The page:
Twenty-two people were killed, seven of them in a car bombing west of Baghdad, as a spate of attacks hit Iraq on Monday just days before US troops must leave Iraq’s cities. Seventy-six people were wounded in the attacks. Security and hospital officials said the dead included three Iraqi soldiers, three university students on their way to sit their final exams, and a four-year-old child.
The car bomb, which also wounded 13 people, targeted municipal offices in Abu Ghraib, a town on Baghdad’s western outskirts notorious as the site of the the 2006 scandal over abuse of prisoners by US jailers, defence and interior ministry officials said.
The predominantly Sunni Arab town was once a bastion of Al-Qaida, but the jihadists have since been beaten back by Sunni groups allied with US forces and the Iraqi government. In Baghdad’s sprawling Shiite slum neighbourhood of Sadr City, a roadside bomb hit a minibus, killing three students on their way to sit exams.
Twelve other students and the minibus driver were wounded in the morning rush-hour attack.
In Diyala province, one of Iraq’s most dangerous, three Iraqi soldiers were killed by a roadside bomb that struck their patrol east of the provincial capital Baquba and destroyed their Humvee, a military official said. And in Khalees, also in Diyala province northeast of Baghdad, a former Al-Qaeda member who had recently been released from the US prison facility at Camp Bucca was assassinated by a gunman, the official added.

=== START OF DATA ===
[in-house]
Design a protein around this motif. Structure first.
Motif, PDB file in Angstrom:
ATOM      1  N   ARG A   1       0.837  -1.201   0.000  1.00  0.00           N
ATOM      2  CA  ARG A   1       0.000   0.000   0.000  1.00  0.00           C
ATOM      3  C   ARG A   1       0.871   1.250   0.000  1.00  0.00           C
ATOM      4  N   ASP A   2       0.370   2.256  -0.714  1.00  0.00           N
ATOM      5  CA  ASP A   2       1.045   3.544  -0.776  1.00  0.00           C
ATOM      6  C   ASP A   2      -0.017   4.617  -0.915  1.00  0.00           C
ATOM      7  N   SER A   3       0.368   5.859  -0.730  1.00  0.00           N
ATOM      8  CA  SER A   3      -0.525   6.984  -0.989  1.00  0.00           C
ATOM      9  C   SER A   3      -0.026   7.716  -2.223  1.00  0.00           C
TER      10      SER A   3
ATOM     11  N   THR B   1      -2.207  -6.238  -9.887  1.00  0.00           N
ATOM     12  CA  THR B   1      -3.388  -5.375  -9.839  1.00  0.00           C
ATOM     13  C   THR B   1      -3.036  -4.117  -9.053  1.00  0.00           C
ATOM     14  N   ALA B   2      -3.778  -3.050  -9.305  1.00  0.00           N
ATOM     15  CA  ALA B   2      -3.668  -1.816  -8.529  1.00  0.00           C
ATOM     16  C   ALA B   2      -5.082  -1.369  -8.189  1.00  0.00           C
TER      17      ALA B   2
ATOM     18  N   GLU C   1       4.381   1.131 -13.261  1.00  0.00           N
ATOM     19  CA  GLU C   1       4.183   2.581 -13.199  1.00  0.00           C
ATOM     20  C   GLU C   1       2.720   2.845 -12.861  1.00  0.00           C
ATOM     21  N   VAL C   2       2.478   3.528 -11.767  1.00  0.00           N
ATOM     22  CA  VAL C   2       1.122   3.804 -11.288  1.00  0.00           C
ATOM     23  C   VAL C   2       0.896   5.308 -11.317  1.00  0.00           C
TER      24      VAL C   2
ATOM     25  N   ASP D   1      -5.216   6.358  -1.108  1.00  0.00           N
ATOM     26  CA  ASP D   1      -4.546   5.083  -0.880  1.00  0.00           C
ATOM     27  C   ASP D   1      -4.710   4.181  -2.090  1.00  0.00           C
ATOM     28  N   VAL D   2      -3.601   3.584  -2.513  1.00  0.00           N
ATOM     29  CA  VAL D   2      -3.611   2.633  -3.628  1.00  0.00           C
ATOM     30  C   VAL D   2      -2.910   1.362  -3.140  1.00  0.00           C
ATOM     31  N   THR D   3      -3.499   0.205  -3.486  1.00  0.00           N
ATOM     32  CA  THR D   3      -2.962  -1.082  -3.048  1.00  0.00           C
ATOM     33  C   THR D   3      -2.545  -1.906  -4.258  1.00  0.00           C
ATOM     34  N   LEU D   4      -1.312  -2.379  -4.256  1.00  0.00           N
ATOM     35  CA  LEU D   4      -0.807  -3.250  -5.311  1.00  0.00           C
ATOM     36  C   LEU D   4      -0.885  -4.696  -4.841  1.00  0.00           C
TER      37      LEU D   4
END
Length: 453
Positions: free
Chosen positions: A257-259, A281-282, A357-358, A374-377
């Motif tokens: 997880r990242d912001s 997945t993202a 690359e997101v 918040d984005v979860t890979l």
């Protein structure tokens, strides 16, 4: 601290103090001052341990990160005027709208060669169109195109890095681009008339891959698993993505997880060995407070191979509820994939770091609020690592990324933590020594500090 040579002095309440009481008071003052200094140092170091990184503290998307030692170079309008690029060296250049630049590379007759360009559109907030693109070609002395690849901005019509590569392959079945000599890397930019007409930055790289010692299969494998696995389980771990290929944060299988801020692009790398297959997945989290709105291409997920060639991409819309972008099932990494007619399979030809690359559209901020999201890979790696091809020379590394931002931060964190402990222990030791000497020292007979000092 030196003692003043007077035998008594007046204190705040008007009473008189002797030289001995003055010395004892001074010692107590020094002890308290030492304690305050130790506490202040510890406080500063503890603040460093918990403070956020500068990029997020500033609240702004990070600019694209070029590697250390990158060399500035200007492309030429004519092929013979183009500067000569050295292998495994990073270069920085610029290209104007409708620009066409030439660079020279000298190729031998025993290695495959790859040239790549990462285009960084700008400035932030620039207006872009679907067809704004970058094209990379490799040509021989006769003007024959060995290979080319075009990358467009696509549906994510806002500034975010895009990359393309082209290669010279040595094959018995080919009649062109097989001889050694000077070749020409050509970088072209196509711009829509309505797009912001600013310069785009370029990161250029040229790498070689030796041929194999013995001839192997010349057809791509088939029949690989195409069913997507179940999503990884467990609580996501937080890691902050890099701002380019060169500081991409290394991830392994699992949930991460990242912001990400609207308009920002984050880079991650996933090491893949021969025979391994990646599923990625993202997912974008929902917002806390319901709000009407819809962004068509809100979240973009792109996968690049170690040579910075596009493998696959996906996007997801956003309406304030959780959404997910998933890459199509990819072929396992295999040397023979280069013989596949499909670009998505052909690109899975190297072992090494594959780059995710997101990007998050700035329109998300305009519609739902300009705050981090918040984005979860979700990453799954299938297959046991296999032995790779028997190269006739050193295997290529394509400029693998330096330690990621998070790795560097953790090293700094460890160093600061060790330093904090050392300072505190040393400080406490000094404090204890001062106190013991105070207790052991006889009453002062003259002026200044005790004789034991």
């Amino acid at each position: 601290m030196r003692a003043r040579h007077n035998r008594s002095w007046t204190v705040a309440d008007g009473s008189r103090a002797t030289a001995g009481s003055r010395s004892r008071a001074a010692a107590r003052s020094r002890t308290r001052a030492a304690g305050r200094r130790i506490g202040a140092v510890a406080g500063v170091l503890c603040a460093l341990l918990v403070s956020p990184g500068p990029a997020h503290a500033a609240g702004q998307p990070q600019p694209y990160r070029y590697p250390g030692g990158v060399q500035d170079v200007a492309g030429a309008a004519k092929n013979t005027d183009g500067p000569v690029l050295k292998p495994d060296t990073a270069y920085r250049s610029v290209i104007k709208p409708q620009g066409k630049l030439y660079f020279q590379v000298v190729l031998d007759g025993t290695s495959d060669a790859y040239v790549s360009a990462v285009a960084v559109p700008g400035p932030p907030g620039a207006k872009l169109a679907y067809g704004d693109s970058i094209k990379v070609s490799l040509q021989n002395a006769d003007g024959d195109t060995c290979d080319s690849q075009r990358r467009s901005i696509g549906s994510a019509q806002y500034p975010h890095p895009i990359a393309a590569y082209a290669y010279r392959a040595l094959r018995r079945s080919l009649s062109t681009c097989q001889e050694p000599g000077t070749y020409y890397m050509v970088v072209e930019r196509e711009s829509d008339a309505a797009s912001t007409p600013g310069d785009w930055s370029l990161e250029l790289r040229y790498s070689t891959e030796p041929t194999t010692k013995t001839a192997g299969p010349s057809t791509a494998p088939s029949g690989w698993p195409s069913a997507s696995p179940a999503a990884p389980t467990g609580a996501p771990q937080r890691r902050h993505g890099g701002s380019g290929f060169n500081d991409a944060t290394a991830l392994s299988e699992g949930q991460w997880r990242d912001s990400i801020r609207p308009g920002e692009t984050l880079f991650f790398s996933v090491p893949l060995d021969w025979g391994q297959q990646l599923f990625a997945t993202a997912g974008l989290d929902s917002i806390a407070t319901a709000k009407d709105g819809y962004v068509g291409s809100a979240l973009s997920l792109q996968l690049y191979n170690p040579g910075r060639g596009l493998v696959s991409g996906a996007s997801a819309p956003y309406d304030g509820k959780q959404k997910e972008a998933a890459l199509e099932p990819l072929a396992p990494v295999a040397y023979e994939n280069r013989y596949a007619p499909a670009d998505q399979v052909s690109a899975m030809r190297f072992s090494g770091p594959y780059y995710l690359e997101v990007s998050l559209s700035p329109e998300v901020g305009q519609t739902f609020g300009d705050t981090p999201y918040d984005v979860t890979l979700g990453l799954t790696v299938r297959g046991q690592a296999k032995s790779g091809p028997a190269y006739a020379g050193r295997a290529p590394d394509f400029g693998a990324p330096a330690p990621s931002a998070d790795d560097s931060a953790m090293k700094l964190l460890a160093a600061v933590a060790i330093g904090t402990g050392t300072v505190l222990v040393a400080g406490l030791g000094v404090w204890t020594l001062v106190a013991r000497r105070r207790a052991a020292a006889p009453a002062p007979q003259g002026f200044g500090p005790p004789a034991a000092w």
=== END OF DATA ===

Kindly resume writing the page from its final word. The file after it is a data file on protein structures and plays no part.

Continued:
A woman and a four-year-old child were among three people killed when a bomb targeting a police patrol exploded near a market in Shaab, in northeast Baghdad, hospital officials said. Another 30 people were wounded. Iraqi police set off a controlled explosion of another bomb in the same area soon afterwards.
In the bustling commercial neighbourhood of Karrada in the centre of the capital, five people were killed and 20 wounded in a car bomb blast. The killings were the latest bloody attacks in the runup to the planned pullout of US troops from Iraqi towns and cities by June 30.
Violence has dropped markedly in Iraq in recent months, with May seeing the lowest Iraqi death toll since the 2003 invasion. But attacks remain common, particularly in Baghdad and the main northern city of Mosul.
Prime Minister Nuri al-Maliki warned earlier this month that insurgents and militiamen were likely to step up their attacks in the coming weeks in a bid to undermine confidence in the Iraqi security forces.
In the deadliest attack for 16 months, 72 people were killed on Saturday in a massive truck bombing in the predominantly Shiite Turkmen town of Taza Kharmatu near the northern oil hub of Kirkuk.